Let’s be real, who hasn’t used bleach when getting stains out of white clothing?
It’s been the ultimate cheat code in our laundry arsenal for generations, and throughout the years’ certain innovations have promised this same industrial level clean for colors and more delicate fabrics.
After reading this you’ll never again put these incredibly dangerous chemicals anywhere near your body (but you’ll have an alternative to turn to)… We can’t even believe some of these products are still legally allowed to be sold on shelves, to be honest.
First, we will cover the dangers of bleach, then move to “bleach alternatives” which offer false promises of safety for your health, and then land the plane on how you can get the same clean without the MASSIVE dangers in bleach and “oxy” based bleach alternatives.
Sodium hypochlorite, otherwise known as bleach, is one of the most widely manufactured chemicals in the world. It is an extraordinarily powerful oxidizer, which means that it will oxidize or whiten virtually anything. And if you’ve ever gotten a couple of drops of bleach on your favorite jeans, you know that those jeans have been forever ruined.
When you leave the bleach on any fabric (especially cotton) for an extended period of time, it eats a hole right through your fabric… It is so powerful and toxic that it literally eats solid materials with an oxidative process.
Here’s a symbol commonly found on bleach containers, and a HUGE clue as to why you should never expose yourself or your family to this material:
Common sense dictates that you should reject using a cleaner that is powerful enough to dissolve your skin and keep it the heck away from you and your family.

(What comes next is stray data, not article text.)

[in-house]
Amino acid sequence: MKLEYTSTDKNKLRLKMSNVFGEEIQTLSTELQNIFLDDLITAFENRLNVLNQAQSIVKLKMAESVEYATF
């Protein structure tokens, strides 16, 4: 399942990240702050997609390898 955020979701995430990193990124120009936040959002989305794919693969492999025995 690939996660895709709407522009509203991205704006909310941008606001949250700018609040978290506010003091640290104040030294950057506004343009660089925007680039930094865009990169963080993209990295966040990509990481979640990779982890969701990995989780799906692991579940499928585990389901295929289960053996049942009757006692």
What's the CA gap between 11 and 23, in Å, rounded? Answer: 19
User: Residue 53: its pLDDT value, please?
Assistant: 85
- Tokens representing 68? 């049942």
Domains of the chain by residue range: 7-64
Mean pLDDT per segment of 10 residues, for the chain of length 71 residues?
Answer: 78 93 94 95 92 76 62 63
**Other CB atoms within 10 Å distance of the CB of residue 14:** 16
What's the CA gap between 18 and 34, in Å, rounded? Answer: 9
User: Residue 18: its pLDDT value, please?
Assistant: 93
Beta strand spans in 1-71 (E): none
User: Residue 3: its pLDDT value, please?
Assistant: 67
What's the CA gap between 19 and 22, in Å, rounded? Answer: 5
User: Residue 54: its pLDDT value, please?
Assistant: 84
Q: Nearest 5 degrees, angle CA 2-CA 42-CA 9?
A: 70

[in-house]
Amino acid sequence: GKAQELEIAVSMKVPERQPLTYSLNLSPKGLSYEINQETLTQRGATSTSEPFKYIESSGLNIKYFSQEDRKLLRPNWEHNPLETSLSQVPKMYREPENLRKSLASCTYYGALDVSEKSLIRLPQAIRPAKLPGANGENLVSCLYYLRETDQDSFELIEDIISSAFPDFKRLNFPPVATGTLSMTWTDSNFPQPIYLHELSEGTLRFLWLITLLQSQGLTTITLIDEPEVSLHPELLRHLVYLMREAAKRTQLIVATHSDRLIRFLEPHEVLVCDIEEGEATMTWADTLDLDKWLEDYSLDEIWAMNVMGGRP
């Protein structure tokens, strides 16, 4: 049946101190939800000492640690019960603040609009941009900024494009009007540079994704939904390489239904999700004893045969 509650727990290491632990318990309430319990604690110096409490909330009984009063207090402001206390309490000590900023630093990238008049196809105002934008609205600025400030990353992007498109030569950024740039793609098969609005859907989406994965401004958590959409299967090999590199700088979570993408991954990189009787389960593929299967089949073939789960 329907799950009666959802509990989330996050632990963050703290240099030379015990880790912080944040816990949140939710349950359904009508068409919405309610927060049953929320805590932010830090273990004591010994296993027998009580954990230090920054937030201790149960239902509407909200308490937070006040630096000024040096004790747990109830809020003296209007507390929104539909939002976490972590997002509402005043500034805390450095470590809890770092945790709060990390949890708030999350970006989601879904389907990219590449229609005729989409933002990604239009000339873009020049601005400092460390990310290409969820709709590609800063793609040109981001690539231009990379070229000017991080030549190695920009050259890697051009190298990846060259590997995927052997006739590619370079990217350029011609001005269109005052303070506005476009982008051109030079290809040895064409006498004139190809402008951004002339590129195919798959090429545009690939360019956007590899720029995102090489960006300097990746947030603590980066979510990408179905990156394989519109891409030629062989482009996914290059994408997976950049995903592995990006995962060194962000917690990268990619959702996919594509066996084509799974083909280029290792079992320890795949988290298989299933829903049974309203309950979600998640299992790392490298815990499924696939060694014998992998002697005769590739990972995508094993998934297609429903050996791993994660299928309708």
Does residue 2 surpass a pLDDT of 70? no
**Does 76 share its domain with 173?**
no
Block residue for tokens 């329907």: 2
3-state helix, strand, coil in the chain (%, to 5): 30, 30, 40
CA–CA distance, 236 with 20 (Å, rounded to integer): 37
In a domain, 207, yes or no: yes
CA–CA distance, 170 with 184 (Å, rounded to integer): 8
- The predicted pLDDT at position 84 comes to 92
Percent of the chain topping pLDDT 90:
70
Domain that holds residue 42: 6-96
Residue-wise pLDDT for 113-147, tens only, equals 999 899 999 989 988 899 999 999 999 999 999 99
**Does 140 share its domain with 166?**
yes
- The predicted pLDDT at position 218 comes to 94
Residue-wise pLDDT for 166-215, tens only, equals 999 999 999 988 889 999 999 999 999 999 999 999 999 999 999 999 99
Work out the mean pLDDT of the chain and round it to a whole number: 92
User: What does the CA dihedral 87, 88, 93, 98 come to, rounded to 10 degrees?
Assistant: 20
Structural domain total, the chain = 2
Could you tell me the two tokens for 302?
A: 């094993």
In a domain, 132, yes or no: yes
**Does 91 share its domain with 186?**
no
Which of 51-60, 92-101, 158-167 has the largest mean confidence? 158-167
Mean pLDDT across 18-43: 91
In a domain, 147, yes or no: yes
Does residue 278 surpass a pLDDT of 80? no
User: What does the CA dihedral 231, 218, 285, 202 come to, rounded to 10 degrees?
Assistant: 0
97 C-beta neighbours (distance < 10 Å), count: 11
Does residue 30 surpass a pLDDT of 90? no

In addition to making things literally disappear as a clue to how powerful this chemical is, another massively obvious reason as to why you should never use bleach is the smell. It is an unmistakable chemical smell that we all instinctively avoid.
Fumes from bleach are one of the most dangerous risks with this product, and it has been known to induce asthma attacks and countless other serious respiratory issues in children and adults alike.
There are tens of thousands of exposure accidents relating to the inhalation of bleach fumes each year in the US alone. STOP playing this game.
One final important note on ditching bleach is that it is HIGHLY reactive, meaning it very easily combines with other debris you are cleaning as well as other chemicals you might be cleaning with.
Here’s a scary simple example of this:
Bleach and ammonia create a deadly combination and form chlorine gas (which is absolutely detrimental to your health when inhaled). Ammonia is found in urine, which if you have pets, children or a toilet in your home, is a lot more commonplace than we really need to admit to ourselves!
Okay, I am sure I’ve got your commitment by now to never buy this atrocious liquid again! Let’s discuss the “oxy” bleach alternatives, and then show you how to get the bleach style clean without ANY of the toxicity.